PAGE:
Rosencrantz (an anguished cry): CONSISTENCY IS ALL I ASK!Tom Stoppard, Rosencrantz and Guildenstern Are Dead (1966)
I think that dual coding techniques can be extremely helpful in helping students understand the concept of change of momentum.
To engage our students’ physical intuitions, let’s consider a question like: Which would hurt more — being hit by a sandbag or being hit by a rubber ball?
Let’s assume that the sandbag and rubber ball have the same mass m and are travelling at the same initial velocity u. We choose ‘u‘ because it’s the initial velocity and we take ‘v‘ as the final velocity: a very subtle piece of dual coding that can reap rewards if applied consistently — pace Rosencrantz(!) — over a range of disparate examples.
To analyse this problem, let’s use the momentum version of Newton’s Second Law of Motion.
We will use the change = final – initial convention (‘Consistency is all I ask!’)). The initial momentum is pi and the final momentum is pf.
Now let’s work out the change in momentum in each case. We will assume that each item is dropped so that it impacts vertically on a horizontal surface. The velocity just before it hits is u so its initial momentum pi is given by pi = mu; its final velocity is v so its final momentum pf is given by pf = mv. The sandbag does not rebound, so its final velocity v is zero.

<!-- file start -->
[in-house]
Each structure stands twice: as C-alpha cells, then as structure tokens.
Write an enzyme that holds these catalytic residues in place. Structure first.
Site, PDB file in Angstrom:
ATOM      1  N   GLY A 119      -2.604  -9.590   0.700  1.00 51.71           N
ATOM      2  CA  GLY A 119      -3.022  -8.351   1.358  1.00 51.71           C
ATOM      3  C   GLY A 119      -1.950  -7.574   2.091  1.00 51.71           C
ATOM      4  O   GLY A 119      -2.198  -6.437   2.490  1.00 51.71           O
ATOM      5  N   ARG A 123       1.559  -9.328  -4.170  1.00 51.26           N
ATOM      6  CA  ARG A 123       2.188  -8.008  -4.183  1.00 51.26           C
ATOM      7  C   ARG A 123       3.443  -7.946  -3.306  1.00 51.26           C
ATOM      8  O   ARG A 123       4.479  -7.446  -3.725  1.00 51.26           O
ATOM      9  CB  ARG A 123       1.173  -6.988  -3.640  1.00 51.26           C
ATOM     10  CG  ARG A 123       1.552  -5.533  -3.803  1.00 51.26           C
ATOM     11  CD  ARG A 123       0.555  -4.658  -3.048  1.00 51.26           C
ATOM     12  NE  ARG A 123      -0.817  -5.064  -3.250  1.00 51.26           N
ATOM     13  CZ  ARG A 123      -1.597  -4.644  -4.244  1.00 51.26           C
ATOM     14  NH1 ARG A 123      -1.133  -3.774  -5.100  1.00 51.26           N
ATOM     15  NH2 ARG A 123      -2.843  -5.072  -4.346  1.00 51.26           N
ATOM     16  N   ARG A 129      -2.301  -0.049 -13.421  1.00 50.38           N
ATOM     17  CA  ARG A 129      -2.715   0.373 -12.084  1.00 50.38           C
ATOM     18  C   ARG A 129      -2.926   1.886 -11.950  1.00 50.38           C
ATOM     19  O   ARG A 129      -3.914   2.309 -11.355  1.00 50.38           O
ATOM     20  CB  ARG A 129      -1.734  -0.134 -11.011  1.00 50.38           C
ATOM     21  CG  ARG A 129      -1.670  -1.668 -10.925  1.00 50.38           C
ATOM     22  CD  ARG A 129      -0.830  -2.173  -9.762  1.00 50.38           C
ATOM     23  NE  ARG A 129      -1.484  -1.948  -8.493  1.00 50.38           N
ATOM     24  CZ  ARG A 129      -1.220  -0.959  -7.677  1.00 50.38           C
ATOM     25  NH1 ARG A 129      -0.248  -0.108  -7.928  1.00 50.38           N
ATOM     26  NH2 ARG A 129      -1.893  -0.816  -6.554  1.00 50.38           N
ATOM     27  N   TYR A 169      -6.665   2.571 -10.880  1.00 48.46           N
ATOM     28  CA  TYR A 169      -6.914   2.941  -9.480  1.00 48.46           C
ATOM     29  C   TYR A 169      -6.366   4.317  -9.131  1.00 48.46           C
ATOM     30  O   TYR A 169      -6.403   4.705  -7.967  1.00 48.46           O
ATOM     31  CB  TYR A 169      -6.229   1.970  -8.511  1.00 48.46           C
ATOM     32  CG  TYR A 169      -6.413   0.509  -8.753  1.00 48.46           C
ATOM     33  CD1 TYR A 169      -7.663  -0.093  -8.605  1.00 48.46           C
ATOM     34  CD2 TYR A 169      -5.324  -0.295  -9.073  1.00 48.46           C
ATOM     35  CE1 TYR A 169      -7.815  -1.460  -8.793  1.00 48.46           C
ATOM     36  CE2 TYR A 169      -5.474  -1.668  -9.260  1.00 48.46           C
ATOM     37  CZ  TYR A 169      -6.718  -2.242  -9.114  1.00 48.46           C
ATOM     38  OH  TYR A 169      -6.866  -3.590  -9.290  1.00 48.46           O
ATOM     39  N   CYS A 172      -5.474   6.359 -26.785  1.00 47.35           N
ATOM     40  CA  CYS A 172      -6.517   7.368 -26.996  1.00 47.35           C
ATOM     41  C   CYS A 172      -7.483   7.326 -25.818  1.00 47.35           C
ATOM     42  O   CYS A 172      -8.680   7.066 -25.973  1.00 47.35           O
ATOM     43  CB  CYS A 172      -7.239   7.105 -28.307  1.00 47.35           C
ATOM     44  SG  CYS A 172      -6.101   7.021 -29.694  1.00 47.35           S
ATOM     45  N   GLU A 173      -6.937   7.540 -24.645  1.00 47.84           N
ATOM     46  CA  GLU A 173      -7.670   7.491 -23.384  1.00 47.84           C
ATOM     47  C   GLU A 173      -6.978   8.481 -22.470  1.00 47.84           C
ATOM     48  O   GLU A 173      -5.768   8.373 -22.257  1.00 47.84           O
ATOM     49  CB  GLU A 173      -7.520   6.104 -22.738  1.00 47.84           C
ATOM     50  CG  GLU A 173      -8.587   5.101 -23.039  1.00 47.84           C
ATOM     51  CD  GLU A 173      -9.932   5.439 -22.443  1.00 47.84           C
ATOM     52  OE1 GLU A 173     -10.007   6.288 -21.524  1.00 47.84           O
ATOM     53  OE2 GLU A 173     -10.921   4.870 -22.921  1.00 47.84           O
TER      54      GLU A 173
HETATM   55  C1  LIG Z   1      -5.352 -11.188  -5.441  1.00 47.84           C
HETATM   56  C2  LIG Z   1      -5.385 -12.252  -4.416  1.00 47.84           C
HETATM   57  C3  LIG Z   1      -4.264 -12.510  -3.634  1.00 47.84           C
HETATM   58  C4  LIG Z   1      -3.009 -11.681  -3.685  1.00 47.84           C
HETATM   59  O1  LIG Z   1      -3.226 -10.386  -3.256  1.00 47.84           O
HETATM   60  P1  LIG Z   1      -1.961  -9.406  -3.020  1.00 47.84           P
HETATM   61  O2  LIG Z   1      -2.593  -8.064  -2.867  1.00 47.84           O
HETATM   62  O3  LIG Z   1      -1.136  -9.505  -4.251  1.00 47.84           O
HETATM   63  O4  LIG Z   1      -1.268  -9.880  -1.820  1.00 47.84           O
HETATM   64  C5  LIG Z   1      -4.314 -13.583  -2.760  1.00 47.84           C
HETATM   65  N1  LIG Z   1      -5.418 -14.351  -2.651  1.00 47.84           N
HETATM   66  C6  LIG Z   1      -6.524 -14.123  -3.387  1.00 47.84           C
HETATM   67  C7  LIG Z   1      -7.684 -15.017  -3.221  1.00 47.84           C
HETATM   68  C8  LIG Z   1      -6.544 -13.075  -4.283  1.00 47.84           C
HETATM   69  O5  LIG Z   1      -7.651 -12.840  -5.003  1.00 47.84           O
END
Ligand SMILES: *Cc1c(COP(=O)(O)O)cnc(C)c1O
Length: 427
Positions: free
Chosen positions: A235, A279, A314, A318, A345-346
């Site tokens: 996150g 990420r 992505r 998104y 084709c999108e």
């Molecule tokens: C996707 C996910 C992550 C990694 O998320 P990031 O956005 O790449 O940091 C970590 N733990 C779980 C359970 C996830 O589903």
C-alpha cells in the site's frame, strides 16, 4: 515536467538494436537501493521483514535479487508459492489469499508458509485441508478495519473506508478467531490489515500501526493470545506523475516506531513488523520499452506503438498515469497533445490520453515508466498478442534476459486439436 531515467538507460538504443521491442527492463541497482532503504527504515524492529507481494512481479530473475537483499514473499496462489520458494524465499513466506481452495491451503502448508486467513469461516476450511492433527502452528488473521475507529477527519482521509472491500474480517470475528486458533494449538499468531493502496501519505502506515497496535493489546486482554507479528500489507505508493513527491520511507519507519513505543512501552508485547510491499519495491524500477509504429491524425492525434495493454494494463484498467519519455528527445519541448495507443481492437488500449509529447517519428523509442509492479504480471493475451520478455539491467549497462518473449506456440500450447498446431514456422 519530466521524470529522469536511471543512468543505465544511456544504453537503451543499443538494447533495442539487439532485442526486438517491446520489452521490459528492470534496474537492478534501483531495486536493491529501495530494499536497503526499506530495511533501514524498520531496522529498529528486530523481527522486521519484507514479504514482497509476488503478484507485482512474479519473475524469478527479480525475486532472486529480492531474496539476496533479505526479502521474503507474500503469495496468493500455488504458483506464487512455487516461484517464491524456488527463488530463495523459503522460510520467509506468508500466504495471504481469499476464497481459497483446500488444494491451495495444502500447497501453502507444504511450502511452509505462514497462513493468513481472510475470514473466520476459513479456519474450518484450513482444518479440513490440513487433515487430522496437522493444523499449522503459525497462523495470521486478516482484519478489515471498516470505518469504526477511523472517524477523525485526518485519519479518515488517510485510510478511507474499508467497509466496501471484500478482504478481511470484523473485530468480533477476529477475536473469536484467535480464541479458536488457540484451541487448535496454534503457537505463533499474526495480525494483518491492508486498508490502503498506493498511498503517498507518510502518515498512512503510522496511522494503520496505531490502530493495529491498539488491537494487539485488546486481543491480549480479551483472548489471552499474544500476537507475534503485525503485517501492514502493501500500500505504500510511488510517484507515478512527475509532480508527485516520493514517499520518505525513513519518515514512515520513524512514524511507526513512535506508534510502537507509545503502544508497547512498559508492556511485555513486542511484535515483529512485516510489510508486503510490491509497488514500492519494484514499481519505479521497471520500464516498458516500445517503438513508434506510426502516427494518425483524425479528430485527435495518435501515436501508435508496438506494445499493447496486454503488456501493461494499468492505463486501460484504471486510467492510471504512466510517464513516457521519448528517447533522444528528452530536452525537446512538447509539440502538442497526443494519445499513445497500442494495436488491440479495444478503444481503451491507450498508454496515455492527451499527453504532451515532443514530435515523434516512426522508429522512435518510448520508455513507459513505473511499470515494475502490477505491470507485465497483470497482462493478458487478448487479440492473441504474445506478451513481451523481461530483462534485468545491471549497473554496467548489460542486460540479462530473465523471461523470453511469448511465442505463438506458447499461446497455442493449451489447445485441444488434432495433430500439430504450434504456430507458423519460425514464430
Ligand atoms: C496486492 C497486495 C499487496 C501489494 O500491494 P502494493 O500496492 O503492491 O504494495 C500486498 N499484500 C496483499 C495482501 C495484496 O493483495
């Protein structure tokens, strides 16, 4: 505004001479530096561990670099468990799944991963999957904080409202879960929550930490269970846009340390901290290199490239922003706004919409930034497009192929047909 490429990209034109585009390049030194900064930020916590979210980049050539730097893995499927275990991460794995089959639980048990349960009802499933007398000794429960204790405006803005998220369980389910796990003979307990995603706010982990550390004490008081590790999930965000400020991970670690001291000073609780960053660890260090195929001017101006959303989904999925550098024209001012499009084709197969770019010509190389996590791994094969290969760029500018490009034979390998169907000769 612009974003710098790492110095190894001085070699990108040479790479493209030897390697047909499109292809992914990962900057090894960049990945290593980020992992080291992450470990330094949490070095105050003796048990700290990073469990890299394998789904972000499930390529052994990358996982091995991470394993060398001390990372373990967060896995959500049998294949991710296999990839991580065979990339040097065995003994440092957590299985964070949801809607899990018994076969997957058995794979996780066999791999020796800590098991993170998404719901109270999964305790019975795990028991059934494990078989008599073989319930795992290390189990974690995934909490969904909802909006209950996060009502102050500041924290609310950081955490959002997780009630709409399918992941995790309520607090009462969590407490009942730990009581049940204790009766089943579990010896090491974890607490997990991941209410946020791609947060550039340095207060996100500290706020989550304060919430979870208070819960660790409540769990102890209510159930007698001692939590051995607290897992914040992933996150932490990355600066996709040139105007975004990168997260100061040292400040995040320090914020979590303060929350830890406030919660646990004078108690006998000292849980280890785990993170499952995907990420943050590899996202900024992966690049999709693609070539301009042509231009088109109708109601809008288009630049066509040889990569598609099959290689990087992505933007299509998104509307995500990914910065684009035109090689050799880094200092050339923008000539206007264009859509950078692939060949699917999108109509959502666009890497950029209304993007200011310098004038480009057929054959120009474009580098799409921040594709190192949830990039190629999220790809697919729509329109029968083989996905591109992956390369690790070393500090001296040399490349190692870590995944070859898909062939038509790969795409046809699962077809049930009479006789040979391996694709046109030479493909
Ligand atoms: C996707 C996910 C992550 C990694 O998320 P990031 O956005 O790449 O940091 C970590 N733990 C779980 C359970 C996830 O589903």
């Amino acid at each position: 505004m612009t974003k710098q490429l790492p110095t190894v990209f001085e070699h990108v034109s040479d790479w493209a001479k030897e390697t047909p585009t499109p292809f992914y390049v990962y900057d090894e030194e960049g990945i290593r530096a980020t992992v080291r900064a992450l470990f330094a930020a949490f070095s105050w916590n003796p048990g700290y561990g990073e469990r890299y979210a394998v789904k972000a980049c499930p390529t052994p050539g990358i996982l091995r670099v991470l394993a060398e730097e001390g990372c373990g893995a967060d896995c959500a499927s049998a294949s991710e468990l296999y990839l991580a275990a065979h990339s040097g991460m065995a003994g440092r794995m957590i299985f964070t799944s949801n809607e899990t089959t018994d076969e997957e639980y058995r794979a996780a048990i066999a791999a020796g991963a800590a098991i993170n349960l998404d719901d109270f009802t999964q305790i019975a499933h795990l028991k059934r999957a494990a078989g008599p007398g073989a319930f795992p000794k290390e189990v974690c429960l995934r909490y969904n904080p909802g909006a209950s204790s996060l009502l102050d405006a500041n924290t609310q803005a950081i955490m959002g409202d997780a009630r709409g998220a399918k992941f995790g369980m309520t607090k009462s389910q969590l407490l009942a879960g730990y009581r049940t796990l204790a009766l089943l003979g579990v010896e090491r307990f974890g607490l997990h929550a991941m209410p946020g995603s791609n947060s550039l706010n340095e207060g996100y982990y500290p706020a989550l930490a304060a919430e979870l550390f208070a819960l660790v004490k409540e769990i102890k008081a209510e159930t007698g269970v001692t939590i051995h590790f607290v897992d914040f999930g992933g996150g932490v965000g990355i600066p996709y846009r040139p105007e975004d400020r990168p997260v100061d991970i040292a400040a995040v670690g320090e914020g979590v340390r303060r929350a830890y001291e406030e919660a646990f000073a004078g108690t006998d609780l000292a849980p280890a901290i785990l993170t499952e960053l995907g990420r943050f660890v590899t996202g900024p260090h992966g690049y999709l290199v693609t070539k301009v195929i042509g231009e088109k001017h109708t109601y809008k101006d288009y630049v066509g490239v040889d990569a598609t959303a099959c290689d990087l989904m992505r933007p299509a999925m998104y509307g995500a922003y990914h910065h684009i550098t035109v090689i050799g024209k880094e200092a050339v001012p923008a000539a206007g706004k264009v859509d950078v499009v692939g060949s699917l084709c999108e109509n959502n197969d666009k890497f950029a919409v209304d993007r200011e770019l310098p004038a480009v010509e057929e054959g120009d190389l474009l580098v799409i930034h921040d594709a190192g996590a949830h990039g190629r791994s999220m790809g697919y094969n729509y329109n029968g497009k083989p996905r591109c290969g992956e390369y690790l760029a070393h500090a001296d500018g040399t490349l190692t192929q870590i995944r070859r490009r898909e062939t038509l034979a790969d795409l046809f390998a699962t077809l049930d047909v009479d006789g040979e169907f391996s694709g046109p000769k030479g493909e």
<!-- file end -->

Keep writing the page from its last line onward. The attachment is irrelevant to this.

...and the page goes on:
The rubber ball rebounds from the surface with a velocity v (we have shown that v < u so we are not assuming a perfectly elastic collision).
We will use the down-is-positive convention so that u is positive and the downward momentum pi are positive in both cases. However, the velocity v of the ball is negative so the momentum pf = mv is negative (upwards).
To add vectors, we simply put them ‘nose to tail’. However, in this case, we need to subtract the vectors, not add them. To do this, we use the operation pf + (-pi,). In other words, we put the vector pf nose to tail with minus pi, or with a vector pointing in the opposite direction to the original vector pi. These are shown in the table.
We can see that the change in momentum Δp is larger in the case of the rubber ball.
Applying Newton Second Law that force = change in momentum / change in time then (assuming the time of each interaction is the same) then we can conclude that the (upward) force exerted by the surface on the ball is larger than the force exerted by the surface on the sandbag.